To help his athletes find the amount of hydration they need, Johnson performs a sweat rate test. He starts by weighing them before they exercise. While they work out, he keeps track of the fluids they drink and any urine they lose. After they’ve finished, he weighs them again and plugs each data point into an equation to figure out how many milliliters of sweat per hour they lose. (If you’d like to try this for yourself, use a step-by-step guide to finding out your own sweat rate.)
It’s important to note that even once you’ve figured out your sweat rate, completely replacing your lost liquids isn’t necessarily the goal. It’s not bad to be slightly dehydrated and more hydration isn’t always the solution. For many, drinking to quench your thirst is sufficient. (Those in their 70s or 80s need to monitor their intake a bit more, because our thirst sensation can decrease with age.)
Do You Need Electrolyte Supplements?
Electrolytes are electrically-charged minerals such as sodium, calcium, magnesium, and potassium that regulate your muscle contractions, keep you hydrated, and balance your pH levels. Every fluid and cell in your body has electrolytes, which aid the function of your nerves, muscles, brain, and heart. Electrolytes also manage the balance of fluids in your body’s cells and are lost through sweat and urine, or if you’re sick, through vomiting and diarrhea.
While electrolytes are essential, Johnson says most of us get all we need from food. “A normal, varied diet should provide you with plenty of electrolytes, even at altitude.” Johnson says, “For the recreational athlete, it’s honestly not that big of an issue.”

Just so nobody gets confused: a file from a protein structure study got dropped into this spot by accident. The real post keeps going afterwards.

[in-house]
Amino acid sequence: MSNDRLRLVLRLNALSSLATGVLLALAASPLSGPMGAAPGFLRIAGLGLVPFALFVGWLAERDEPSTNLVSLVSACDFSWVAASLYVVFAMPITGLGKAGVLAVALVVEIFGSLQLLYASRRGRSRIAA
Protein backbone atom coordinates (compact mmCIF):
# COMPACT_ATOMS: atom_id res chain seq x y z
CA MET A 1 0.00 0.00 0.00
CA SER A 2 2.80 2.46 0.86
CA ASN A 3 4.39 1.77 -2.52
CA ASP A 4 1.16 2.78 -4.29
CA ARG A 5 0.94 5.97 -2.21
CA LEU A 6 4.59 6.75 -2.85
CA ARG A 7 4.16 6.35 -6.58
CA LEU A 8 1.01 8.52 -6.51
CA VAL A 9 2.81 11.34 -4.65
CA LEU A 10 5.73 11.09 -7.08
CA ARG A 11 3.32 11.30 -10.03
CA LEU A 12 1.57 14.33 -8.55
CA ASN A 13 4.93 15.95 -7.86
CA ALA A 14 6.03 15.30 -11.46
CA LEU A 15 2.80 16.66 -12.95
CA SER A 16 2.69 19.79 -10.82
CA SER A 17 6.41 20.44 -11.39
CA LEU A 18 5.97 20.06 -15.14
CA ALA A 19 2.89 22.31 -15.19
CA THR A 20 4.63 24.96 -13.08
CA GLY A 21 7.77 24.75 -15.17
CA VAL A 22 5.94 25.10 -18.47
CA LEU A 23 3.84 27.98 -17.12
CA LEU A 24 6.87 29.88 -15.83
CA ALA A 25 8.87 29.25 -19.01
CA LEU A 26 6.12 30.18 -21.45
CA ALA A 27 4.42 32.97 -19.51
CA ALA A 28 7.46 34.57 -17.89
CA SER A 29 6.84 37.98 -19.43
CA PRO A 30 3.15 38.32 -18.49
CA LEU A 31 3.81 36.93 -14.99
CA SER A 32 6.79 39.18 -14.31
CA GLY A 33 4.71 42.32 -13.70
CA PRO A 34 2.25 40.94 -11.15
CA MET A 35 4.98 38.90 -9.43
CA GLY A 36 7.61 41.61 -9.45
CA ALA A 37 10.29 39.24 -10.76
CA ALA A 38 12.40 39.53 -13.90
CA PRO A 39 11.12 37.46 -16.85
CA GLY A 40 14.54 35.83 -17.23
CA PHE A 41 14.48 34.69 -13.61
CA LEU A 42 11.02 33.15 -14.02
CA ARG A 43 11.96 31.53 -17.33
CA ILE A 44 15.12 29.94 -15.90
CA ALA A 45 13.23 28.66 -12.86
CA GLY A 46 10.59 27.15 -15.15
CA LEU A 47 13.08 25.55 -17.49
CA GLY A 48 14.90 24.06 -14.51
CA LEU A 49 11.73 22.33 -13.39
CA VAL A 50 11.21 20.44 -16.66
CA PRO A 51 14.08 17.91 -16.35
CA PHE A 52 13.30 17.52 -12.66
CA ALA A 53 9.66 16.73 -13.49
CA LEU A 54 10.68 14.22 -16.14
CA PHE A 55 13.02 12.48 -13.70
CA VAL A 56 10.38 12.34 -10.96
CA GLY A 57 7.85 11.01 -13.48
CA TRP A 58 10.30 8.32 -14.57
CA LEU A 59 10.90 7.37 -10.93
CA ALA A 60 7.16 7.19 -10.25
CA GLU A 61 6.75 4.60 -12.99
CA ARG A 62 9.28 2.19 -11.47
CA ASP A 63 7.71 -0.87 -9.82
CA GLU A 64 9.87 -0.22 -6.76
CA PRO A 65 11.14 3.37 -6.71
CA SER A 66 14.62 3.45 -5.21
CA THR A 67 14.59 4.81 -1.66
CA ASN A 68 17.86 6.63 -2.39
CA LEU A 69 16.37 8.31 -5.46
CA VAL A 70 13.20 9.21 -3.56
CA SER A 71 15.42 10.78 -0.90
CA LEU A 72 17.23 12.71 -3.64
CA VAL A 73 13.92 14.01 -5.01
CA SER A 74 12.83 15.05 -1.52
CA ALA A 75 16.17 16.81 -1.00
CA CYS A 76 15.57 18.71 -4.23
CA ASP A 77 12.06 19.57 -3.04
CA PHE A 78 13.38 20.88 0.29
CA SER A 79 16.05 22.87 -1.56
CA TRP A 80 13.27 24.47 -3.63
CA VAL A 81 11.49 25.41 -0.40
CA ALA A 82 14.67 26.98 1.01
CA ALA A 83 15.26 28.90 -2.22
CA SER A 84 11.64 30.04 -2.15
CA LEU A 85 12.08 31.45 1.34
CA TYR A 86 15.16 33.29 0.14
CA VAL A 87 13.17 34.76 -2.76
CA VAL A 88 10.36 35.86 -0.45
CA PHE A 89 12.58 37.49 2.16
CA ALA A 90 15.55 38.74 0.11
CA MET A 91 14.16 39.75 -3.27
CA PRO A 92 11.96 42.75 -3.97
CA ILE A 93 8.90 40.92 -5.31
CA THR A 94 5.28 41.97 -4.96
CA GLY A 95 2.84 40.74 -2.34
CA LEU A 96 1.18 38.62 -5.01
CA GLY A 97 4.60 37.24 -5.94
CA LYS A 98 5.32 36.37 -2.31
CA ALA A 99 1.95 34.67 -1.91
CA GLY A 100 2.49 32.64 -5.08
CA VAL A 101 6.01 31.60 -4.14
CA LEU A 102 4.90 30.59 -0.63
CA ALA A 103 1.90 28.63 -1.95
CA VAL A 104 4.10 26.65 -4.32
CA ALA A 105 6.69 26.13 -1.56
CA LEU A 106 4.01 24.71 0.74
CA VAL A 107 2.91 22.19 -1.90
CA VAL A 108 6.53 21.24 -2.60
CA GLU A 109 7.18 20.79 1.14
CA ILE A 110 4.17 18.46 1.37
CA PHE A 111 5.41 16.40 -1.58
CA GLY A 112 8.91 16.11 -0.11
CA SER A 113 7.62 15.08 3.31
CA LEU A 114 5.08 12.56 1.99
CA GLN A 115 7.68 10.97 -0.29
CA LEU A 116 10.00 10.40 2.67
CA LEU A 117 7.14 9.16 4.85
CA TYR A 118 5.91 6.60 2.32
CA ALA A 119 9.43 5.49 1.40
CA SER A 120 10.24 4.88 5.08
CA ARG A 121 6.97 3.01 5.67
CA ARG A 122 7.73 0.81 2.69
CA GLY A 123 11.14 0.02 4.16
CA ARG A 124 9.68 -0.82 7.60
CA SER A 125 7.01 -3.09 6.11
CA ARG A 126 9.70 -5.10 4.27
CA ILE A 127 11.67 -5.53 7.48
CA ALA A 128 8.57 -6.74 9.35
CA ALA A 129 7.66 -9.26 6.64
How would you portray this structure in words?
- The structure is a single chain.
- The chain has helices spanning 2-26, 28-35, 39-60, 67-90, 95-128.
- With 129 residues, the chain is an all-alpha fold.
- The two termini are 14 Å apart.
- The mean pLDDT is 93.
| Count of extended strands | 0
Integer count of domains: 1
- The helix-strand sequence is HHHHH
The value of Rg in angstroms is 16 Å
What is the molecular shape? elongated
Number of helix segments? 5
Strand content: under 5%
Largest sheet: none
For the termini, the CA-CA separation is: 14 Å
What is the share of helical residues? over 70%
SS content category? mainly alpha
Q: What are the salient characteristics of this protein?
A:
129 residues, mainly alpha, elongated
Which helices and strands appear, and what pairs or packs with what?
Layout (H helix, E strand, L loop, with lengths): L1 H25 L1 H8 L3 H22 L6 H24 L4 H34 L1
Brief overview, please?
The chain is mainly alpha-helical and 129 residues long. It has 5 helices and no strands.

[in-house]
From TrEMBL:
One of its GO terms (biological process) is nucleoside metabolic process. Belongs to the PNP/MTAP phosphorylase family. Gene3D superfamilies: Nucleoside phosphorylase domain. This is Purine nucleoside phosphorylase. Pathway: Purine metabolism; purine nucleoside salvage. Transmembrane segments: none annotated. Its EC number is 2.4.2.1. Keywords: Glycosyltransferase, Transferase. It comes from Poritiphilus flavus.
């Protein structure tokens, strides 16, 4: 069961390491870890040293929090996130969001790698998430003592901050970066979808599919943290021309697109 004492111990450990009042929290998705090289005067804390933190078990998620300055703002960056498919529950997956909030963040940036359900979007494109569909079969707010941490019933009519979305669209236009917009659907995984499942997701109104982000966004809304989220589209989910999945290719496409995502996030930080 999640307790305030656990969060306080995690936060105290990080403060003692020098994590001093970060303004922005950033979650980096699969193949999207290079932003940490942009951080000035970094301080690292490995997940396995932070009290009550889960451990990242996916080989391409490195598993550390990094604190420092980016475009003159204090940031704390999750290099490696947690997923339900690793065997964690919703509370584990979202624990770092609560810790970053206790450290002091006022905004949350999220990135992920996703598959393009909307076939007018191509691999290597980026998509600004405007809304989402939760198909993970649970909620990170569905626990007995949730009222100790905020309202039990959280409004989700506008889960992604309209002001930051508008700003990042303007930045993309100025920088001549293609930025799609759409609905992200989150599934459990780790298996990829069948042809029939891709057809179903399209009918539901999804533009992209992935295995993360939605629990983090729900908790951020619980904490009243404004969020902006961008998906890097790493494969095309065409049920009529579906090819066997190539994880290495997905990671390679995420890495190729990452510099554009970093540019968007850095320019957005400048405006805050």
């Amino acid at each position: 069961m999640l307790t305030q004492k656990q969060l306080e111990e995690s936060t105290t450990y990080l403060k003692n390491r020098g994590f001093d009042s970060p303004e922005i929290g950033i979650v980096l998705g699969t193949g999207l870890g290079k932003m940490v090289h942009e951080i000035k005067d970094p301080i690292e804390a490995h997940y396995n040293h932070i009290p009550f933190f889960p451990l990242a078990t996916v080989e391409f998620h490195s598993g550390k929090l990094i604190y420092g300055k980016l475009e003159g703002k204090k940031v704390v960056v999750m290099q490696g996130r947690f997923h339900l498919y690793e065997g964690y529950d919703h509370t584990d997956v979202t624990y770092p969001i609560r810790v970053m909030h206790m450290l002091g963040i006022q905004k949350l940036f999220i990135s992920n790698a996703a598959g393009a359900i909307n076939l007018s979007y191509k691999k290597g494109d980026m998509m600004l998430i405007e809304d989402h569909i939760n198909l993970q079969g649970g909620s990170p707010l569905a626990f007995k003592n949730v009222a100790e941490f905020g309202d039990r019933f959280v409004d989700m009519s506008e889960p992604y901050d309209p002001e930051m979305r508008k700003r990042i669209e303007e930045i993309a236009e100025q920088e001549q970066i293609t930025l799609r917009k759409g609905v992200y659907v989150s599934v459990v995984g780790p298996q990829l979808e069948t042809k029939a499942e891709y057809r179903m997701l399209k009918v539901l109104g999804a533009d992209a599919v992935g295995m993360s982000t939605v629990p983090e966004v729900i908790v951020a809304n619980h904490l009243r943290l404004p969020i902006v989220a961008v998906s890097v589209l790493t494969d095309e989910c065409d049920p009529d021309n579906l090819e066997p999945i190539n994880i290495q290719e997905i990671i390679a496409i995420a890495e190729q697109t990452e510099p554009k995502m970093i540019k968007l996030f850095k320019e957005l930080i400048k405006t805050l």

If you aren’t engaging in high-output endurance activities lasting longer than three hours, and if you’re eating a nutrient-dense diet with whole grains, legumes, vegetables, fruits, nuts, and seeds, Johnson says you should be getting enough electrolytes without needing additional supplementation. However, endurance athletes who engage in high-output endurance activities lasting longer than three hours have different hydration needs, and may find electrolyte powders and capsules are a good way to stay hydrated and keep their electrolytes balanced.
That doesn’t mean these supplements are the secret to unlocking a new PR. A 2020 study conducted by researchers at Stanford University found that electrolyte supplementation does not improve performance or protect against illnesses caused by a change in sodium levels, including exercise-associated hyponatremia (EAH).
If an endurance athlete wants to take in some sodium, Johnson recommends turning to salty foods, such as pretzels or even a peanut butter sandwich.
“For the most part, when our serum sodium levels drop, the body can usually take care of that and regulate that on its own,” he says.
The Power of Hydration
So, if electrolyte supplementation isn’t really necessary for most people, why did Crawford see a noticeable difference in her face after months of supplementation?
The answer most likely lies in what Crawford took with the powder and capsules.
Before going to the supplement store, Crawford says she struggled to drink enough water. However, while doling out instructions for the supplements, the staff member instructed Crawford to drink a full bottle of water with her morning sports salts capsules (which contain sea salt, magnesium, and potassium) and to mix the flavored electrolyte powder with at least 16 ounces of water later in the day. The supplements provided the structure for her to consume more water, improving her overall hydration and reducing the puffiness in her eyes.
If you live at altitude and find it difficult to drink adequate fluids, a flavored powder might help. For most people, however—including serious athletes—drinking when you’re thirsty is usually enough.